• The language of inclusion
  • Cultural competency
  • Developing a positive school climate
Speakers serve area businesses, non-profits, government agencies, and community organizations.They provide in-depth information and strategies related to recruiting and retaining a diverse workforce/team, educating members of your organization about cultural diversity and other forms of difference, addressing discrimination and unwelcoming behavior in the workplace, and creating a genuinely welcoming, inclusive, and productive environment in which people can work together to advance the mission of your organization.
For more information, see the Speakers Bureau portion of our website, and please help spread the word!
Mark Your Calendars: Nov. 2 GLADC Annual Conference Tue, 26 Sep 2017 20:31:09 +0000 The theme of this year’s GLADC Annual Conference is “Pro-Active Strategies for Inclusion in Today’s Workplace and Community.”  Join us to learn from a broad array of expert speakers who will share best practices for: addressing hate and bias incidents, learning to be positive and proactive mentors and allies, developing and supporting inclusive leadership, and creating an LGBTQA-Friendly workplace.
Registration opens soon!
The conference runs from 8am-2pm on Nov. 2 at Lunda Center, Western Technical College.
Supported by the member organizations of the Greater La Crosse Area Diversity Council, with major support from Gundersen Health System, Mayo Clinic Health System-Franciscan Healthcare, La Crosse County, Wal-Mart Distribution Center of Tomah, UW-La Crosse, and Workforce Connections.



Language Access: Re-cap and Strategies from September Lunch and Learn Tue, 26 Sep 2017 20:30:22 +0000 What can you do, and what does federal law require you to do, to facilitate language access for Limited English Proficient (LEP) employees, patients, clients, and customers?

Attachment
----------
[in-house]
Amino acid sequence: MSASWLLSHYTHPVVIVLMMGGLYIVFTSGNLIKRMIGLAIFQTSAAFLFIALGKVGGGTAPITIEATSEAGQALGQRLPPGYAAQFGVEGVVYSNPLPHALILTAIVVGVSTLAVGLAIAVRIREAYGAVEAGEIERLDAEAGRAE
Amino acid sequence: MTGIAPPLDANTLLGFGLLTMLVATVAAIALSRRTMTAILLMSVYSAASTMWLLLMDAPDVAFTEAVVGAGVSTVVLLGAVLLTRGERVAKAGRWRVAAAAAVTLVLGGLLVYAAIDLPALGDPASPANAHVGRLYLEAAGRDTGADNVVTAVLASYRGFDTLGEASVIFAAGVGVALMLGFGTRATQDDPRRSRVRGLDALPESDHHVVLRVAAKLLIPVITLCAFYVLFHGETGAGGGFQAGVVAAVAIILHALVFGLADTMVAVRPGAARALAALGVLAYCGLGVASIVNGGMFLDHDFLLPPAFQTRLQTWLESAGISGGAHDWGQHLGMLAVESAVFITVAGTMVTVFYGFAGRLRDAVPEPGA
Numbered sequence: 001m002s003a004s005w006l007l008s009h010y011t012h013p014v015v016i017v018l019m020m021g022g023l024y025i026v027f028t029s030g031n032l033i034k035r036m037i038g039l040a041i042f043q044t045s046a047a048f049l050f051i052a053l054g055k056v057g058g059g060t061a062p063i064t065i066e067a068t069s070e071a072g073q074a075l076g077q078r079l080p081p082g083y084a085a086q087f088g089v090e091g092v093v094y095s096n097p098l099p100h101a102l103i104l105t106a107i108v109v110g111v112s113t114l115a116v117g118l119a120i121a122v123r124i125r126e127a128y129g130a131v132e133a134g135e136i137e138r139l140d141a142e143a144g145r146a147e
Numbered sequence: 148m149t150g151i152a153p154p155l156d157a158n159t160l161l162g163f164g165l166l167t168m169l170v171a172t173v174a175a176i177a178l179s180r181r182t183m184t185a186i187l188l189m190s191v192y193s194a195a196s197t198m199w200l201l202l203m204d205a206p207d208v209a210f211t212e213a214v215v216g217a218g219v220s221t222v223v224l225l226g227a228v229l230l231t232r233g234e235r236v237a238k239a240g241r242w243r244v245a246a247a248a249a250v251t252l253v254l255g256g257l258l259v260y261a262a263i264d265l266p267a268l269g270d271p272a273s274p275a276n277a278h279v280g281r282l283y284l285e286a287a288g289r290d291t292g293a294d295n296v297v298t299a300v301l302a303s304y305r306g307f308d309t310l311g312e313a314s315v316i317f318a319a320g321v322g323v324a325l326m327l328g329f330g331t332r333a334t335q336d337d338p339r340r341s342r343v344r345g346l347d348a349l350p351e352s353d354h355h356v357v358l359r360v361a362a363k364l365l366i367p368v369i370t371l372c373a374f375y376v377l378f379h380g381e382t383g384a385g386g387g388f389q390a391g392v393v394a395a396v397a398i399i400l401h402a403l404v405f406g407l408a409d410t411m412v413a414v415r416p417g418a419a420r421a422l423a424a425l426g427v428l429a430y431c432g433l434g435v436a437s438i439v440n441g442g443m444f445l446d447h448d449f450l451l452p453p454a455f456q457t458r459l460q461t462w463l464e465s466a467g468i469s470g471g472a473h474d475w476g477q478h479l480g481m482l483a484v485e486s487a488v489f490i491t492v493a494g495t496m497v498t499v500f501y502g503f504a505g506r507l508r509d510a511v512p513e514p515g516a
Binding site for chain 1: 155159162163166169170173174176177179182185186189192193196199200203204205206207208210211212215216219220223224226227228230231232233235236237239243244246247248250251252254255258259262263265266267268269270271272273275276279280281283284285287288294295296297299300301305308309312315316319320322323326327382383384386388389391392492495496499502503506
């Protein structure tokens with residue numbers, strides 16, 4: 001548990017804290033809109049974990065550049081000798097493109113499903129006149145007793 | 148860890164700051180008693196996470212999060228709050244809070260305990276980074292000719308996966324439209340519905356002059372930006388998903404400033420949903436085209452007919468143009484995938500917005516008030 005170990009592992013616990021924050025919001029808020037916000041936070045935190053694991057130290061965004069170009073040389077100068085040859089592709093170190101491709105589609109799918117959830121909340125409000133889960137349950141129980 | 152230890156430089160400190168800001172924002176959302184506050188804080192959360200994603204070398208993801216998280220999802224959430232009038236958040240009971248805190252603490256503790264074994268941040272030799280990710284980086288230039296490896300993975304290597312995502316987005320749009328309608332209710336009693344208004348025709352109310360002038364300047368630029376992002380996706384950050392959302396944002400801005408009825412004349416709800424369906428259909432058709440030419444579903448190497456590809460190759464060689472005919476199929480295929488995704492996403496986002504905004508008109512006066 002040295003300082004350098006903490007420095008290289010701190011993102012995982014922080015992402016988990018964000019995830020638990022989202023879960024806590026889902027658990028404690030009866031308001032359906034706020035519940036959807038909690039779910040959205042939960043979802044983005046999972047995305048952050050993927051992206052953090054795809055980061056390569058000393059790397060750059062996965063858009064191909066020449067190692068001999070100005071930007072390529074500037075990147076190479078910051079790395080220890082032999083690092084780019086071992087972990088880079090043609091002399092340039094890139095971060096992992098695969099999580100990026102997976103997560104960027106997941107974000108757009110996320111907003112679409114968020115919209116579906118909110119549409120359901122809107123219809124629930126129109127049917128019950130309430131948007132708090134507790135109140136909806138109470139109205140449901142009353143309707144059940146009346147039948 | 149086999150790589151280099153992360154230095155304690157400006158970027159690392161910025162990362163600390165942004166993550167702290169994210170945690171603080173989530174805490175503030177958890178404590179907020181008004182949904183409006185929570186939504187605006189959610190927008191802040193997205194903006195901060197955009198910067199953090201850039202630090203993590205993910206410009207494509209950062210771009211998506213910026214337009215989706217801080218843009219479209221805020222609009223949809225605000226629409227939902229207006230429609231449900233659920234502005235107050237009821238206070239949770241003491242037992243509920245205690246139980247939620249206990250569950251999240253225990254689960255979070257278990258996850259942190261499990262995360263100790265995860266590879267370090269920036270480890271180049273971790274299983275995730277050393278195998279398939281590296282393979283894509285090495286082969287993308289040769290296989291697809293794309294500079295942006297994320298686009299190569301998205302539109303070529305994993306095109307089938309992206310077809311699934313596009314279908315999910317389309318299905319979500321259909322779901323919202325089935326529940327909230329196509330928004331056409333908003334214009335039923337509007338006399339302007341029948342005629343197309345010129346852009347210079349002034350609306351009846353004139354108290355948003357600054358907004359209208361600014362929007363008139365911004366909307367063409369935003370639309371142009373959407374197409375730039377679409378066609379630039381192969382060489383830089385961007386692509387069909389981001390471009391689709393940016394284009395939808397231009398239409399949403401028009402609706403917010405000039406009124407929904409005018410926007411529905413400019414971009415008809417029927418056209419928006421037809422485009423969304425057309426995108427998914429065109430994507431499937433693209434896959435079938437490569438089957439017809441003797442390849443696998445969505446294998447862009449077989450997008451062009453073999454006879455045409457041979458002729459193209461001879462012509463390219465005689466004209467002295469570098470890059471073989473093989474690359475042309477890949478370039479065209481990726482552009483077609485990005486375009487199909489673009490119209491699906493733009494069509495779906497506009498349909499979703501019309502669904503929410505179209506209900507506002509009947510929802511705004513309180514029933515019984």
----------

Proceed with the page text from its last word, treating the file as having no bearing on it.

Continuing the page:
Michelle Pinzl’s illuminating GLADC Lunch and Learn presentation was packed with information and strategies on this topic. We learned about the potentially dire consequences of failing to provide trained interpreters in many situations, such as medical and legal circumstances, the reasons that family members should not be called upon to interpret, and the problems with undervaluing trained interpreters, or not knowing where to find them.
We also talked about starting points for organizations to prepare themselves to provide language access services.
For example, you might strategically consider the following questions for your organization:
·      Who in our organization is limited English proficient (LEP)?
·      In what situations do we or might we interact with LEP people? E.g. in what medical, legal, employee orientation, or customer service situations?
·      To whom can we turn if we need an interpreter to manage any of these situations?
·  What kinds of protocols can we create in our organization and how can we educate our employees about the legal and ethical necessity of qualified interpreters?
·      In the course of serving and adequately communicating with all our employees, clients, patients and customers, what documents are most in need of translation and into what languages?
·      Are we hiring people with language skills in order to serve patients, clients and customers in their first languages, and are we rewarding those skills in how we compensate those employees?
Beyond your organization, we can think about the following questions as a community:
·      Can we create a central information-sharing resource to help organizations find interpreters, especially for languages of lesser diffusion?
·      How can we celebrate language diversity?
·      How can we educate others about language access and why it is important?
Michelle is working on a database with the hope that it will be eventually housed on Viterbo University’s Community Interpreting Certificate webpage. This database is meant to help people find professionally trained interpreters who effectively carry out interpreters’ codes of ethics and standards of practice. It also includes a short list of language service providers who can help in providing resources for over the phone or video remote interpreting. In the meantime, if you’d like to have a list of trained interpreters in the La Crosse area, you can contact Michelle directly at *protected email*